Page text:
“It was a wonderful experience,” Miller recalled “I met so many wonderful people.”
She said she had four or five years of experience by then and the First Step director said since she had been doing so much work without charge, she had a big case for Miller. She said the woman with the big case had a husband with lots of money and, “I got paid.”
The daughter of the woman client helped with the case. She was a graduate of a university in Ohio and was so motivated by the case, that she went to law school and called Miller to tell her about it.
Miller said she encouraged people to go back to school and get counseling and take the legal challenge as a sea change in their lives.
“They can have a good life. You don’t have to be a victim,” she said.
While running Rogalle’s, before law school, Miller met Bob Miller, an engineer, who worked at a company out of Wayne and was at Rogalle’s for an office party. He was a former CIA agent. A year and a half later they married and Barbara gave birth to their son Philip. But, the marriage didn’t work out.
“He was very smart, a brilliant mathematician. Phil is brilliant with numbers,” she said.
Their divorce was final during her first year of law school and she had a live-in nanny, Olla, to take care of Philip and her brother Lawrence. “God sent her to me,” Miller said. “She was so nice.”
Miller recalled that her mother belonged to the Book of the Month Club and each month bought a book for her, some for the children, and an art book. She said her mother would listen to the radio and she and Lawrence also would listen and page through the art books for hours.
“We didn’t know what we were looking at, but it was beautiful,” Miller said.
One of her efforts in Belleville has been to bring culture to the community. The Belleville Area Music Committee came first, in 1988 or ’89, where she brought music each Sunday to Victory Park.
She said the project received a lot of support. She was able to raise the money needed to pay the musical groups that performed.
This showed there was really an interest in culture in the community, she said. The late Chesley Odom was here and “we talked and asked why not start an art group?” The Belleville Area Council for the Arts was formed. Miller said they planned music at his place on Main Street, an art show and Art Smart in the schools.
As an aside, Miller said the 100 Art Smart portfolios are now at the high school library and she would like to take them to Girlstown for classes and then have the DIA take the residents on a field trip to the DIA.
“It was wonderful,” Miller said of Art Smart. But, eventually the number of volunteers fell and the classes stopped. It took preparation to teach the art and time in the middle of the day to go to the schools, so participating was quite a commitment.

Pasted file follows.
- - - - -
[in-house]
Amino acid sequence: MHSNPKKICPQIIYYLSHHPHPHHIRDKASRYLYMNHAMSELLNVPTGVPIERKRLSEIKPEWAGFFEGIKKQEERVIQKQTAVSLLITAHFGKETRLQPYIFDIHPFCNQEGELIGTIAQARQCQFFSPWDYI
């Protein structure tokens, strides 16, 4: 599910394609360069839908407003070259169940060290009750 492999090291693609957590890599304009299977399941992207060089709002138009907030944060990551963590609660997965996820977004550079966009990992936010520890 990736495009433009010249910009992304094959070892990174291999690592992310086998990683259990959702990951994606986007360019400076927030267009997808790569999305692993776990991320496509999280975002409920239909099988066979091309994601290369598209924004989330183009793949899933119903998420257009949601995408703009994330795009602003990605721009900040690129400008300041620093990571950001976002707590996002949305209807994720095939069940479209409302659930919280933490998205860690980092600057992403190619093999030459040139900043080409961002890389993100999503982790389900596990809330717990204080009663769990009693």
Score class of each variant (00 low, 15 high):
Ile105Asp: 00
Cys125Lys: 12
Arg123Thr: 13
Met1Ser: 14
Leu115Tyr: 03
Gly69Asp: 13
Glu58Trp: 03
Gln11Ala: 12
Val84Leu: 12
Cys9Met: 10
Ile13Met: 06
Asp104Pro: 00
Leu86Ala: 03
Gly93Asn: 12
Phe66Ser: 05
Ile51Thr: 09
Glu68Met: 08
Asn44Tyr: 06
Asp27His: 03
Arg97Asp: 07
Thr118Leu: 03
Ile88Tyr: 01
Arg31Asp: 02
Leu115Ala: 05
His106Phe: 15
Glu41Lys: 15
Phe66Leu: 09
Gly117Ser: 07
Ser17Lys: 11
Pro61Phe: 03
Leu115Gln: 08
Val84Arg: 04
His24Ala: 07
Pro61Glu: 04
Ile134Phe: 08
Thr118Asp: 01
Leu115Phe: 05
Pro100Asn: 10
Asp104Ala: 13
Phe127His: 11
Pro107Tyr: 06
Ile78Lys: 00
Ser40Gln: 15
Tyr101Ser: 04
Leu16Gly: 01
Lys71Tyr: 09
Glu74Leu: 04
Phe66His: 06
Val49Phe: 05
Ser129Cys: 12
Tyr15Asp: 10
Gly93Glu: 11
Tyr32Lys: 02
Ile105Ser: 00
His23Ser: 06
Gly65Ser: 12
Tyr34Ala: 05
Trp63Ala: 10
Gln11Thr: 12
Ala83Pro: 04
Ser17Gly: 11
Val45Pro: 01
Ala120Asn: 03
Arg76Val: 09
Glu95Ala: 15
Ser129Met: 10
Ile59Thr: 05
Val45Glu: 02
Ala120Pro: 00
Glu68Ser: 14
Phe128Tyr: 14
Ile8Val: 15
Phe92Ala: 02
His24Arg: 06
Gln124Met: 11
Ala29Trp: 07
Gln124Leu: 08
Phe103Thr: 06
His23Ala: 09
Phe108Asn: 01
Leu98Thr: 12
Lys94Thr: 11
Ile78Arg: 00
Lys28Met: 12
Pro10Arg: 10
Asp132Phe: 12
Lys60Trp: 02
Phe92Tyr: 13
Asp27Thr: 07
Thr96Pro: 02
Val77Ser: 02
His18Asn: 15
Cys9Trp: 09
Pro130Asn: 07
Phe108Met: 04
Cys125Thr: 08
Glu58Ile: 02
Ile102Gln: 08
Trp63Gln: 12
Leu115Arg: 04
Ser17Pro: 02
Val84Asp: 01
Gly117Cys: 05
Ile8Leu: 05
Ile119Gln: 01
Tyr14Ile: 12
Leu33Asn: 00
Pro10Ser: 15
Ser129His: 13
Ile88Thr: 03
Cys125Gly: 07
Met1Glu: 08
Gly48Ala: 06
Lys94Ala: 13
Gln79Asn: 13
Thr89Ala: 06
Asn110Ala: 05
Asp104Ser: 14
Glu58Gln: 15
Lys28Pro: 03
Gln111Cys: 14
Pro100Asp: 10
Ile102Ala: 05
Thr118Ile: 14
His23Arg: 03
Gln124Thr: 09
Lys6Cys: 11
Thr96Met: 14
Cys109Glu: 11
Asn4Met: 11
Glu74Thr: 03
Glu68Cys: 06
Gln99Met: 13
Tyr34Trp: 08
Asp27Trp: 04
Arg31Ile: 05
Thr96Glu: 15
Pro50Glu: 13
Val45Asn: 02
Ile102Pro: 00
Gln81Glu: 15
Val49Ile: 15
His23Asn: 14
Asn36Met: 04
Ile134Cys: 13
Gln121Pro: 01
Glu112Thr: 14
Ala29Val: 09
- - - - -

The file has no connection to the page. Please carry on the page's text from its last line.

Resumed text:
“I am so fortunate to be a well-educated person and it all came out of this community,” Miller said. “I need to go to the DIA. I need to know about the art.
“I have a lot of connections now and I try to bring that back here,” she said.
She said New Boston is thinking of having music in the park and she linked them up with Ken Voigt, who has successfully run the Music Lakeside program in Belleville. And, Voigt and BeeBee Singleton recently put on a new Gospel Fest program in Sumpter Township that will be presented again next year.
“I enjoy what I’m doing and I throw myself into it,” Miller said of all her projects.
Then, she said, she has yet to talk about the politics in her life.
“I took on the University of Michigan,” Miller said, recalling how furious she was over Van Buren Township’s plan to lease the 100 acres of Van Buren Park to the U of M. After much effort, she got it down to just the area around the boathouse and, “We’re supposed to get the boathouse after 25 years as rent.” She figures that date must be coming up and she’ll have the time to get the paperwork and pursue the issue.
Then there was her part in the battle with Wayne County over the Belleville Bridge. She recalls they were going to take out the bridge completely while replacing it, like they did later in New Boston.
She remembers that she, Mayor Glenn Silvenis, and City Manager Bob Herron went to a recommended condemnation attorney and he told them what they really needed was an economic expert to tell what devastation to the town there would be if the bridge was shut down.
Miller said they threatened to sue the county if the county didn’t give the city a temporary bridge — and they did get the county to leave the old bridge in place while the new one was built.
“We paid $13,000,” Miller said of the project.
Miller recalled her travels to China for five years to sell dental products. She had a friend who was an expert in dental equipment who learned there were no dentists in China. She came to Miller to set up a company and Miller became a part of the company.
They brought U of M dentists to China to talk about dental health and China paid for the experts. She and her friend sold products in the foyer of the meetings and got orders. But China cancelled the orders because they didn’t want American products. They wanted to make them in China.
She said she and her friend stopped their project, but she became very interested in Chinese art.
In looking back at being one of the first women to take part in the doors opened by Title IX, Miller said she was in one of the first classes with numbers of women — 110 — at the University of Michigan. This is more women than had graduated in the previous 100 years, she said.
“We were pioneers,” she recalled.
Also, she was in the first class with women at Notre Dame. Again, a pioneer.
Miller is known for her bright ideas and is always busy with new projects. She was responsible for starting the local League of Women Voters, is active in the Democratic Party, served on the Van Buren Public Schools Board of Education, is one of the founders of the Belleville-Area Independent, brought Missoula Children’s Theater back to Belleville, helped form the VBT Cable Commission and wrote the public access policies and procedures, and hounded the Belleville Area District Library Board to record its meetings until it started video recording the meetings and putting the videos on YouTube. And, more.
Miller also is a breast-cancer survivor.
After 40 years as an attorney in family law in Belleville, Barbara Rogalle Miller is taking down her shingle and retiring.